Opinion

Don’t run from your mistakes

Question: Our 17-yearold son is obsessed with a fear of failure. So much that he is withdrawing from normal activities and afraid to try new things. How can we help him?

No parent wants to see their child overwhelmed by the shame and embarrassment of failure. We want our kids to be successful. So, with good intentions, many parents do homework and class projects for their kids, and make decisions for them and “protect” them so that they can “succeed” in life.

The tragic reality is that when we shield our kids from failure we are also shielding them from invaluable life-lessons that are essential for growth and maturity. We are raising kids who may go through life crippled by their fear of failure and inability to learn from mistakes.

One of the greatest gifts you’ll ever give your son is the gift to value and learn from his mistakes. Start by sharing some of your “best” mistakes and what you learned from them.

Open your Bible and show him some of the many stories of people who did stupid and sinful things, and the different outcomes of those who learned and those who didn’t.

Whenever possible, avoid solving and resist rescuing, even when he makes mistakes or choices that weren’t the best. Reward the risks he takes by acknowledging his courage. Congratulate him when he succeeds but be even more enthusiastic when he learns from a failure. You can help him understand that the ultimate failure is the inability to learn from our mistakes.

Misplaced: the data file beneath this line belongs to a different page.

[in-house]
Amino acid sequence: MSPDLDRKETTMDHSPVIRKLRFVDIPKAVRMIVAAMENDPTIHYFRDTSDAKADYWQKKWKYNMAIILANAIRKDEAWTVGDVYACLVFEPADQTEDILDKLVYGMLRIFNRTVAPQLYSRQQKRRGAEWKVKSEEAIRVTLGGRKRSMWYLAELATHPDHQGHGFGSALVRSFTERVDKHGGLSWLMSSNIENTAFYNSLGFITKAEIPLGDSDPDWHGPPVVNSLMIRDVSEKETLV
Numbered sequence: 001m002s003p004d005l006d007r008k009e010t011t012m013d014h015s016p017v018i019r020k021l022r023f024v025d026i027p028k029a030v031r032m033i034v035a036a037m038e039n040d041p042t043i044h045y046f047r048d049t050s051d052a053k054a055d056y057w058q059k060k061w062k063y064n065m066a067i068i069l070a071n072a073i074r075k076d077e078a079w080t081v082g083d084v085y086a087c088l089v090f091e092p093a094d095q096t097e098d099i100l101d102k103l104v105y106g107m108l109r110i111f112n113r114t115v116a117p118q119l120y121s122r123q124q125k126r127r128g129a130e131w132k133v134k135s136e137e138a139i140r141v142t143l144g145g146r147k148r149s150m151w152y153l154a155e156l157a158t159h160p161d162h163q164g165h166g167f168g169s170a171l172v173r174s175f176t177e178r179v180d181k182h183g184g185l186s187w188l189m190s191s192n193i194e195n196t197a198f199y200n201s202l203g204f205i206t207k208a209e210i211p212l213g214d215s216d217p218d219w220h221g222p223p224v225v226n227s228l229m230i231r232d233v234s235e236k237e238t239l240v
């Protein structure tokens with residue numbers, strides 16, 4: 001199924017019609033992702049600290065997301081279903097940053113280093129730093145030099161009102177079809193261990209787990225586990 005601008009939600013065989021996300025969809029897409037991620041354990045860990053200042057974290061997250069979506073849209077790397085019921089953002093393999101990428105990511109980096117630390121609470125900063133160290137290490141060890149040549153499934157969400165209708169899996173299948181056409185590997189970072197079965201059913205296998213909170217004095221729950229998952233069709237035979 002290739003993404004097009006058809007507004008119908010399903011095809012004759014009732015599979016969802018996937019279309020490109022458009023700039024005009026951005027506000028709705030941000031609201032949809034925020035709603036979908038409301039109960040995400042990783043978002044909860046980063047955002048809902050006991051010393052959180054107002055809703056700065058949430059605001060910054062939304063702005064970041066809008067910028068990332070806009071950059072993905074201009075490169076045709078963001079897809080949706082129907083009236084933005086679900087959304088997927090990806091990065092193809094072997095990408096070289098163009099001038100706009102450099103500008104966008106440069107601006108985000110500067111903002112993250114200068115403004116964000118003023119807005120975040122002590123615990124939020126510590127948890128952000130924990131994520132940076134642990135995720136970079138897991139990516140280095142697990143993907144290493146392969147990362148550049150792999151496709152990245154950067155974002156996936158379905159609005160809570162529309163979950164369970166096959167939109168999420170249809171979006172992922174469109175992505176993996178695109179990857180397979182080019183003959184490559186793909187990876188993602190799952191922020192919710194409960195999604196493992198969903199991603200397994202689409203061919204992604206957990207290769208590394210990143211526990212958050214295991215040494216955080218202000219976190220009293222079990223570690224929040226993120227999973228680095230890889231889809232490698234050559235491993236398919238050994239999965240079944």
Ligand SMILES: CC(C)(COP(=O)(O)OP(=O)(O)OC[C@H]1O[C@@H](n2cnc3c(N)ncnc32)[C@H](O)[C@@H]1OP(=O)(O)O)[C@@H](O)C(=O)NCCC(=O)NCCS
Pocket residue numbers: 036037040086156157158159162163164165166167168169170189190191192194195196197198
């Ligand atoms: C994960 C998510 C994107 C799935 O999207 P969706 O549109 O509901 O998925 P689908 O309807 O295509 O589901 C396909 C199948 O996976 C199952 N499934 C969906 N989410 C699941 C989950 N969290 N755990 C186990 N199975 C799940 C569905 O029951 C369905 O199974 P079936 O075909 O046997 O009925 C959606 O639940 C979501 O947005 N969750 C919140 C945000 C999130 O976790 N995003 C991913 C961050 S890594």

You can help him learn to look at failure through the lens of Scripture. In John 10:10 Christ said, “I have come that you might have life, and that you might have it more abundantly.” In Ephesians 3:20 Paul describes God as one who wants to do “exceedingly abundantly beyond all we ask or think.” In Philippians 4:13 Paul tells us that we can do all things through Christ who gives us strength. Those are great promises. And they are true.

Anything that is painful or makes us feel unworthy—mistakes, setbacks, selfi shness, anger, cruelty, memories of injury or abuse—can be the fodder for feelings of failure or provide the raw materials for a stronger foundation and the opportunity to see God do some of His best work.

You’ll have fun watching your son discover the amazing truth that things that initially seem to be setbacks may be just the opposite. What apart from God feels like a failure can, in His skilled hands become a part of His provision for our growth. A theology of failure is an essential ingredient of growth and maturity and will equip him to be and become the kind of man God has designed him to be.

MistakesOnline

Oliver is the executive director of the Center for Healthy Relationships. He can be reached at GOliver@jbu.edu.